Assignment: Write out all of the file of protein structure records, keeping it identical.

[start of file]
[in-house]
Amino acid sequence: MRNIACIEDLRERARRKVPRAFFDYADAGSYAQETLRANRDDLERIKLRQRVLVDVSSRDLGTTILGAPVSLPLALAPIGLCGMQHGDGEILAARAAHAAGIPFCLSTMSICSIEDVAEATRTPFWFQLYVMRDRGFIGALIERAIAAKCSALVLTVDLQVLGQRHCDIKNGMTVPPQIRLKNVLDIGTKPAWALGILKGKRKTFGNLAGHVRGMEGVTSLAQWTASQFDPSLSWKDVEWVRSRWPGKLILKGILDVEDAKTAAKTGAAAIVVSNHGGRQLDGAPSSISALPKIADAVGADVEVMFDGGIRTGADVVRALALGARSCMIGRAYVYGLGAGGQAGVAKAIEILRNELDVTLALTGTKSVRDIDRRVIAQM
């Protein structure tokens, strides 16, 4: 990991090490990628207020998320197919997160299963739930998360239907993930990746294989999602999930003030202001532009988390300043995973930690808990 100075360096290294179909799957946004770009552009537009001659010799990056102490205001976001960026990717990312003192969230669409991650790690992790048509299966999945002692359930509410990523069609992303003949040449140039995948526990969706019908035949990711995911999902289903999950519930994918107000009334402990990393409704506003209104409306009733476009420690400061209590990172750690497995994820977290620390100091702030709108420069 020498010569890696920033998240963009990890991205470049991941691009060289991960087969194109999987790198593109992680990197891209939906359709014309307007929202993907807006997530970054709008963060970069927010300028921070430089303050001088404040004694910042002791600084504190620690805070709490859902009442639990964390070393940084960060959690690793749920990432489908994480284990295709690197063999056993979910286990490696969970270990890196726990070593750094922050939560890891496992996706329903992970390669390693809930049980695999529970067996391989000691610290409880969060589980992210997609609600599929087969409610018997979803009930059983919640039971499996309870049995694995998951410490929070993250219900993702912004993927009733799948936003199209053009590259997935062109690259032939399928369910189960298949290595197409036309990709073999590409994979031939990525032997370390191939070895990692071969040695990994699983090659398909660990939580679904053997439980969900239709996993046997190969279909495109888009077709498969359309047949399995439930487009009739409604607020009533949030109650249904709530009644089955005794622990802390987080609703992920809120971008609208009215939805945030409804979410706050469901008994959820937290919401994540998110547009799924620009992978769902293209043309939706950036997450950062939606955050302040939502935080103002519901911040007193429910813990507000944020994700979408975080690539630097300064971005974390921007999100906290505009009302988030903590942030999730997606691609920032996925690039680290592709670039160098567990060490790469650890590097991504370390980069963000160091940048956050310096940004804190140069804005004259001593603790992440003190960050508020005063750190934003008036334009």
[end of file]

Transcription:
[in-house]
Amino acid sequence: MRNIACIEDLRERARRKVPRAFFDYADAGSYAQETLRANRDDLERIKLRQRVLVDVSSRDLGTTILGAPVSLPLALAPIGLCGMQHGDGEILAARAAHAAGIPFCLSTMSICSIEDVAEATRTPFWFQLYVMRDRGFIGALIERAIAAKCSALVLTVDLQVLGQRHCDIKNGMTVPPQIRLKNVLDIGTKPAWALGILKGKRKTFGNLAGHVRGMEGVTSLAQWTASQFDPSLSWKDVEWVRSRWPGKLILKGILDVEDAKTAAKTGAAAIVVSNHGGRQLDGAPSSISALPKIADAVGADVEVMFDGGIRTGADVVRALALGARSCMIGRAYVYGLGAGGQAGVAKAIEILRNELDVTLALTGTKSVRDIDRRVIAQM
């Protein structure tokens, strides 16, 4: 990991090490990628207020998320197919997160299963739930998360239907993930990746294989999602999930003030202001532009988390300043995973930690808990 100075360096290294179909799957946004770009552009537009001659010799990056102490205001976001960026990717990312003192969230669409991650790690992790048509299966999945002692359930509410990523069609992303003949040449140039995948526990969706019908035949990711995911999902289903999950519930994918107000009334402990990393409704506003209104409306009733476009420690400061209590990172750690497995994820977290620390100091702030709108420069 020498010569890696920033998240963009990890991205470049991941691009060289991960087969194109999987790198593109992680990197891209939906359709014309307007929202993907807006997530970054709008963060970069927010300028921070430089303050001088404040004694910042002791600084504190620690805070709490859902009442639990964390070393940084960060959690690793749920990432489908994480284990295709690197063999056993979910286990490696969970270990890196726990070593750094922050939560890891496992996706329903992970390669390693809930049980695999529970067996391989000691610290409880969060589980992210997609609600599929087969409610018997979803009930059983919640039971499996309870049995694995998951410490929070993250219900993702912004993927009733799948936003199209053009590259997935062109690259032939399928369910189960298949290595197409036309990709073999590409994979031939990525032997370390191939070895990692071969040695990994699983090659398909660990939580679904053997439980969900239709996993046997190969279909495109888009077709498969359309047949399995439930487009009739409604607020009533949030109650249904709530009644089955005794622990802390987080609703992920809120971008609208009215939805945030409804979410706050469901008994959820937290919401994540998110547009799924620009992978769902293209043309939706950036997450950062939606955050302040939502935080103002519901911040007193429910813990507000944020994700979408975080690539630097300064971005974390921007999100906290505009009302988030903590942030999730997606691609920032996925690039680290592709670039160098567990060490790469650890590097991504370390980069963000160091940048956050310096940004804190140069804005004259001593603790992440003190960050508020005063750190934003008036334009």